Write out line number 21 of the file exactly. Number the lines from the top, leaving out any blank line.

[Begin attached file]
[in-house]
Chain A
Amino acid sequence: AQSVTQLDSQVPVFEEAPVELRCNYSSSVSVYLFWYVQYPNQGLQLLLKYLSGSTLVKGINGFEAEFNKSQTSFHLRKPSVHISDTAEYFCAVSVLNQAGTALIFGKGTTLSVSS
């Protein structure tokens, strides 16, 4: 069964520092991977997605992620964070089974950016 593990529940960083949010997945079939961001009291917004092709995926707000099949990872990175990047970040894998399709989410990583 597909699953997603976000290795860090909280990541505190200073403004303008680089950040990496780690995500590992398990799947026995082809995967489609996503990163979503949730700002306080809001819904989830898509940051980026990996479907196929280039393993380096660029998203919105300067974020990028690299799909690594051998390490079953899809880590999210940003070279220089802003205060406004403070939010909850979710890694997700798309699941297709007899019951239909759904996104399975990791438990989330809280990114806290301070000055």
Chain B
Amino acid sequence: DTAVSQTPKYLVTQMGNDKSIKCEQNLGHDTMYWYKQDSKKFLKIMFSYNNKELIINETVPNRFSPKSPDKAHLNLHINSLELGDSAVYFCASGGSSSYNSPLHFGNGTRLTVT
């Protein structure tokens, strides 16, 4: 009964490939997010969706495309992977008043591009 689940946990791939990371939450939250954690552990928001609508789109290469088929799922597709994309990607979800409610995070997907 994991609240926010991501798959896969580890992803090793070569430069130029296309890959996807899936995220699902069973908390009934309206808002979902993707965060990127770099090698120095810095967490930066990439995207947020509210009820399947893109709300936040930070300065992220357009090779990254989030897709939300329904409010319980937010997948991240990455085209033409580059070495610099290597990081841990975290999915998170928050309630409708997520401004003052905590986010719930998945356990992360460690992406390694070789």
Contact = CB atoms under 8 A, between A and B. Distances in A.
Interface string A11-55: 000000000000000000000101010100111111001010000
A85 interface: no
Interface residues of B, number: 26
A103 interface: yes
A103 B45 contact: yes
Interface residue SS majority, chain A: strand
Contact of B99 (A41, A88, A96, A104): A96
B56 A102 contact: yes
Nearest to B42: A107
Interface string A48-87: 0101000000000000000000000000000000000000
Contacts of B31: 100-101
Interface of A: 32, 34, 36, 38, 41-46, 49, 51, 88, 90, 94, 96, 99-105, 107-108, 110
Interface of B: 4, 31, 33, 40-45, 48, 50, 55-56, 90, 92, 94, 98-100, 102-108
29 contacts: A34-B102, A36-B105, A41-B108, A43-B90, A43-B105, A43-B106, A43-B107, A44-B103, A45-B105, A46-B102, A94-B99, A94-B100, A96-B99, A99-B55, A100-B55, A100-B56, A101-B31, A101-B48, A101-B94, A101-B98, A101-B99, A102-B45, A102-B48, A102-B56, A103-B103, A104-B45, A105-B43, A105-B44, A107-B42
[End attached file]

Interface of B: 4, 31, 33, 40-45, 48, 50, 55-56, 90, 92, 94, 98-100, 102-108